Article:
- Advance praise from luminaries (I was happily stunned!)
- Read the reviews on Amazon
- Buy it on Amazon
- Buy it on Amazon UK
This book is a digest of the cancer journal that I kept on CaringBridge.org in 2007, when I almost died of Stage IV kidney cancer, but survived. It’s my real-time notes about what it felt like at the time, especially how I used my attitude and mind to help all the medical efforts the doctors and nurses were doing. I had an incredibly supportive community of friends and family who posted responses every day, and many of those are included too.
What’s the title about??
It’s the approach I chose to take to the news that I had a lethal cancer – a summary of the advice I got in the first few weeks after diagnosis, before I even started my journal:
- “Laugh” is for the healing power of laughter, as famously discussed by Saturday Review editor Norman Cousins in his book Anatomy of an Illness as Perceived by the Patient
- “Sing” is the advice my doctor gave. I had asked if I should drop out of my much-loved championship chorus to save energy, but he said, “You don’t want to stop doing life activities that you love – it sends the wrong message.” Wow. So, okay, laugh and sing! Not bad. (More on what “Sing” meant to me in this post.)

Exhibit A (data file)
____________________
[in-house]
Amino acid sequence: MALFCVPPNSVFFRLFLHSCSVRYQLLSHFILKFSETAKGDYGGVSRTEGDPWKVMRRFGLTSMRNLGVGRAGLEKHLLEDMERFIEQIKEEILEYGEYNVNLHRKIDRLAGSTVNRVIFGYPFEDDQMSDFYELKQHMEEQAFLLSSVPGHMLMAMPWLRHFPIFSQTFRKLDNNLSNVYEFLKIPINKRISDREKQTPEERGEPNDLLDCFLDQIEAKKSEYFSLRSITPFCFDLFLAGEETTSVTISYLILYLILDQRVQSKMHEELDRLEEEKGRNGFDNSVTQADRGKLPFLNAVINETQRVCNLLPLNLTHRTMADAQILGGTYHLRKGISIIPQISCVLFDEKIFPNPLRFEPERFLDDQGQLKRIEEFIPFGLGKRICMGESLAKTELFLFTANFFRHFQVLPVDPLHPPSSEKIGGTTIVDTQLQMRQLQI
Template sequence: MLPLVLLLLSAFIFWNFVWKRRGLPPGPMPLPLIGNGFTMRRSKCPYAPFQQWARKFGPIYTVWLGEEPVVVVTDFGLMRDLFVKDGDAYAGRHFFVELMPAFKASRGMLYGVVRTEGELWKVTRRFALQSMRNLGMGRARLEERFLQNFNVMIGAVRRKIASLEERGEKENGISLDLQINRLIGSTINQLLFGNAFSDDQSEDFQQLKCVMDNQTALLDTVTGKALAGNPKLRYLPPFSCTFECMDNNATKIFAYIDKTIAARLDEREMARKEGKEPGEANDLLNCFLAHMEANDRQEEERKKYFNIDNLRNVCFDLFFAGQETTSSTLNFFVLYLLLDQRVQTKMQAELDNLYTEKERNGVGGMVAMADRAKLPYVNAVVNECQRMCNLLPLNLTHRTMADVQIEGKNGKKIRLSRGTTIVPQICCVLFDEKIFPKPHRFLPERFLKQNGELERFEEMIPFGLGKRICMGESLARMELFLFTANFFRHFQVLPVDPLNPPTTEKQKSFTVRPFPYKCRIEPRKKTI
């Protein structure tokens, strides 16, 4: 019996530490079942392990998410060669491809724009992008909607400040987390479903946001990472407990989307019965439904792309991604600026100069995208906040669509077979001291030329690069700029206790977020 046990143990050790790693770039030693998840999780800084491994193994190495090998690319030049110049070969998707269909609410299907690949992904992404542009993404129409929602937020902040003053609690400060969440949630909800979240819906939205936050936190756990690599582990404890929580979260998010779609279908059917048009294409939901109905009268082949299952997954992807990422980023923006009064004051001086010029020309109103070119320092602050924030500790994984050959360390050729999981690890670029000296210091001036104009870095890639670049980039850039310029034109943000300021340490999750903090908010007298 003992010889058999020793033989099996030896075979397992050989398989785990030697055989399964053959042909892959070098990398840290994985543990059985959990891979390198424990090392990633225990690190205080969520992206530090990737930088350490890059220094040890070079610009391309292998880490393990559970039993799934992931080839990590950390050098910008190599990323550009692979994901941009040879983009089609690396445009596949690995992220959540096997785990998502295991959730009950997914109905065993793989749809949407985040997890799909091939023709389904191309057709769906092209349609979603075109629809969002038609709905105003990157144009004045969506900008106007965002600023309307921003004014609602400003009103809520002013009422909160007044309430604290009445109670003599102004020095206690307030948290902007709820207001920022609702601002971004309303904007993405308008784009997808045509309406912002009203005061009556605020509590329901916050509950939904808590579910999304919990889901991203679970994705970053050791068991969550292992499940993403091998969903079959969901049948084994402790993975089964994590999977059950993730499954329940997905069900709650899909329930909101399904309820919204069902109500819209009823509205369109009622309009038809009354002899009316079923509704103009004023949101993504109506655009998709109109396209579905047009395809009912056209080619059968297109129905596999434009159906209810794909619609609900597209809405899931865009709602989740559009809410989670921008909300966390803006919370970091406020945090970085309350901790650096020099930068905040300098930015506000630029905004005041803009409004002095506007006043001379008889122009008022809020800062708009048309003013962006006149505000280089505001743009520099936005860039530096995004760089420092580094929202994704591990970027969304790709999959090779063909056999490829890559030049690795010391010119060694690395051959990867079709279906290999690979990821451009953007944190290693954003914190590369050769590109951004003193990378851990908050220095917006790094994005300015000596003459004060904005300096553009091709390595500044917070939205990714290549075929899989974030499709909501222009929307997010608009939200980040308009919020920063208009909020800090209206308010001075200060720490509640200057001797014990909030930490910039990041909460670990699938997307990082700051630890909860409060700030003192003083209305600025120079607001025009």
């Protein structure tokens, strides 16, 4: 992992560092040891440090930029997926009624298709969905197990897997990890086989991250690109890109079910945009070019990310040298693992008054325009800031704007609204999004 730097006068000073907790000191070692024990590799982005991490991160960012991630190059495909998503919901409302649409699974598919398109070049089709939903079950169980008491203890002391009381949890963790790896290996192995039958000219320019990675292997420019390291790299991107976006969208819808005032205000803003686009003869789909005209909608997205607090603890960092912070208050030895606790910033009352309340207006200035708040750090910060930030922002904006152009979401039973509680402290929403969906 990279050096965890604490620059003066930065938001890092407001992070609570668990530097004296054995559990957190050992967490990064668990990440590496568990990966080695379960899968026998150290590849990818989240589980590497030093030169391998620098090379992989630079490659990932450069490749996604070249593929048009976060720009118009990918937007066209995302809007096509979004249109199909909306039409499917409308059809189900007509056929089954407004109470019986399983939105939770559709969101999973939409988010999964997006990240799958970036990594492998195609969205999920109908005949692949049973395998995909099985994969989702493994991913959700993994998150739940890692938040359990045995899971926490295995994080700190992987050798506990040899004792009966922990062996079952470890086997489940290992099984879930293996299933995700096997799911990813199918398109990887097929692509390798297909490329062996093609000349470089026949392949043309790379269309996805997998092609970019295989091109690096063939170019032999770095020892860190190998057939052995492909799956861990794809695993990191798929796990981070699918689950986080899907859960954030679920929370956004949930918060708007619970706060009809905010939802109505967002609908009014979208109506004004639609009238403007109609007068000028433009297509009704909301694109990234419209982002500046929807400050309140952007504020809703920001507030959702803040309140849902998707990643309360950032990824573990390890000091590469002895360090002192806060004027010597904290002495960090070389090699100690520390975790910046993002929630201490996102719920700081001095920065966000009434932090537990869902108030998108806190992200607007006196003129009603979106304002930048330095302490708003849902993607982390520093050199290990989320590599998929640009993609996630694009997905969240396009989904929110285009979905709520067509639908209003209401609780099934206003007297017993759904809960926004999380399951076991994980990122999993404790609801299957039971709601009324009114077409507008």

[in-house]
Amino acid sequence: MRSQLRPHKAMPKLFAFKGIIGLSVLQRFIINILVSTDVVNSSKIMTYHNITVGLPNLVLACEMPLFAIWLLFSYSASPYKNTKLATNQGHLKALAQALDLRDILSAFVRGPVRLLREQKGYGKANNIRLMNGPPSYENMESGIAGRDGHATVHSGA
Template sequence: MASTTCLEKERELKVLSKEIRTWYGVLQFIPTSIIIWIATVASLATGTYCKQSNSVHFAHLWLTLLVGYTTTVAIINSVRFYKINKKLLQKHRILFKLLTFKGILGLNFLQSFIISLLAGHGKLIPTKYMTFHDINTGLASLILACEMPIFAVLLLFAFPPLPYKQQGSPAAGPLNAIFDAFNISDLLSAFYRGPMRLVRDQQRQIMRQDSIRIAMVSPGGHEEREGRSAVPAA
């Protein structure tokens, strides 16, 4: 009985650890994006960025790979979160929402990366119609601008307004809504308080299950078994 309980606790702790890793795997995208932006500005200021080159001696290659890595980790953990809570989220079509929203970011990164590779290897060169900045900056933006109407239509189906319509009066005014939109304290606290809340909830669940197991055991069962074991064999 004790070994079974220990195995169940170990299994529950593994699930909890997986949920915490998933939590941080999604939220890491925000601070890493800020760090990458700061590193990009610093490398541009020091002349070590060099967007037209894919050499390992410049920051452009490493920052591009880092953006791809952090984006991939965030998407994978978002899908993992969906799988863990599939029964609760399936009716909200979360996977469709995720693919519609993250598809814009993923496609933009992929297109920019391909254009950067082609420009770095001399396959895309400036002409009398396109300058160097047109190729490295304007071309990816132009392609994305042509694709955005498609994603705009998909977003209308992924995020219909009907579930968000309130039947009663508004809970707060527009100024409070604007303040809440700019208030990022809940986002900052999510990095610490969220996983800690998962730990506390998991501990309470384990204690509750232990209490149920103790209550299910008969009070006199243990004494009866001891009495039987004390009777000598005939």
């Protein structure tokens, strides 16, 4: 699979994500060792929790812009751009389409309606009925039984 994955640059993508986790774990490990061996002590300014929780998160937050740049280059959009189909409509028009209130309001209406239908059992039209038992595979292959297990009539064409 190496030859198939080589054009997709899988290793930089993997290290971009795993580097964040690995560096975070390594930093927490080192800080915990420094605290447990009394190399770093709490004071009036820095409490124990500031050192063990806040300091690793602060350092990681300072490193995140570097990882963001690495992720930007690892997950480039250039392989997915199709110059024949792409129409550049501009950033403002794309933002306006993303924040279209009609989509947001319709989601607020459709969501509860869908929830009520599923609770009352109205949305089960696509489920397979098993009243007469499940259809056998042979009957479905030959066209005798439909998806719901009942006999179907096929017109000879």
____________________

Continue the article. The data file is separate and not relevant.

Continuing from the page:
- “Eat like a pig” refers to the diet the hospital sent me, to increase my caloric intake, to combat weight loss and prepare for the battle ahead.
In my online community I told people “If I ever write a book about this, that’s what I’ll call it.” And I did.
Admittedly, that’s not a conventional approach to a deadly disease. But that’s the point. And the whole story’s true.
Why a book with this message?
4,000 people a day (in the US alone) discover they have cancer, and face that moment of “What on earth do I do NOW??” I know that feeling. Some look for what to do next; others don’t even think they can do anything — they just think they’re screwed and go into depression. This book is about hope, getting it in gear, and going “e.” (E-patients are “empowered, engaged, equipped, enabled, and educated.”)
What’s the vision?
I’m committed to a world where healthcare works better – and not just for patients but for the people whose work is to deliver care. I agree with the words of Warner Slack MD, who said patients are “the most under-utilized resource” in health IT, and I think it applies to all of healthcare.